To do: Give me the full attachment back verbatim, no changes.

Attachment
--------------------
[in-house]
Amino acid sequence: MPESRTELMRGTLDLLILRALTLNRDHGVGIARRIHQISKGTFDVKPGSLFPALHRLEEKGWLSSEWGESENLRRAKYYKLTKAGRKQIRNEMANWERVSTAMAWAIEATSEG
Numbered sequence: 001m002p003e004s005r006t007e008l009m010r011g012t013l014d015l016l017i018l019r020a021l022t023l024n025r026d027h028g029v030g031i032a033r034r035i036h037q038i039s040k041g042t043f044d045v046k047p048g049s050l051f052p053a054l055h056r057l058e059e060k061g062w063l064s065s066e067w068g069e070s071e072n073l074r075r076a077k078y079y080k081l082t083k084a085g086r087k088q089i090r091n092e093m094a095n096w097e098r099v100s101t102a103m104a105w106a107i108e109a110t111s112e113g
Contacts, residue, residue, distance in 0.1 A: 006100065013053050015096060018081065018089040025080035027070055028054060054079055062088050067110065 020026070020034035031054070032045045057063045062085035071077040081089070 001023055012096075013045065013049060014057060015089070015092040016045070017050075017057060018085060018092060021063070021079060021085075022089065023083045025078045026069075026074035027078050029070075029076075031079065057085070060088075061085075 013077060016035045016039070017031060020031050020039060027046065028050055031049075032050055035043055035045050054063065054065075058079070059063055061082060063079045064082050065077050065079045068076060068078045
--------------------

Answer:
[in-house]
Amino acid sequence: MPESRTELMRGTLDLLILRALTLNRDHGVGIARRIHQISKGTFDVKPGSLFPALHRLEEKGWLSSEWGESENLRRAKYYKLTKAGRKQIRNEMANWERVSTAMAWAIEATSEG
Numbered sequence: 001m002p003e004s005r006t007e008l009m010r011g012t013l014d015l016l017i018l019r020a021l022t023l024n025r026d027h028g029v030g031i032a033r034r035i036h037q038i039s040k041g042t043f044d045v046k047p048g049s050l051f052p053a054l055h056r057l058e059e060k061g062w063l064s065s066e067w068g069e070s071e072n073l074r075r076a077k078y079y080k081l082t083k084a085g086r087k088q089i090r091n092e093m094a095n096w097e098r099v100s101t102a103m104a105w106a107i108e109a110t111s112e113g
Contacts, residue, residue, distance in 0.1 A: 006100065013053050015096060018081065018089040025080035027070055028054060054079055062088050067110065 020026070020034035031054070032045045057063045062085035071077040081089070 001023055012096075013045065013049060014057060015089070015092040016045070017050075017057060018085060018092060021063070021079060021085075022089065023083045025078045026069075026074035027078050029070075029076075031079065057085070060088075061085075 013077060016035045016039070017031060020031050020039060027046065028050055031049075032050055035043055035045050054063065054065075058079070059063055061082060063079045064082050065077050065079045068076060068078045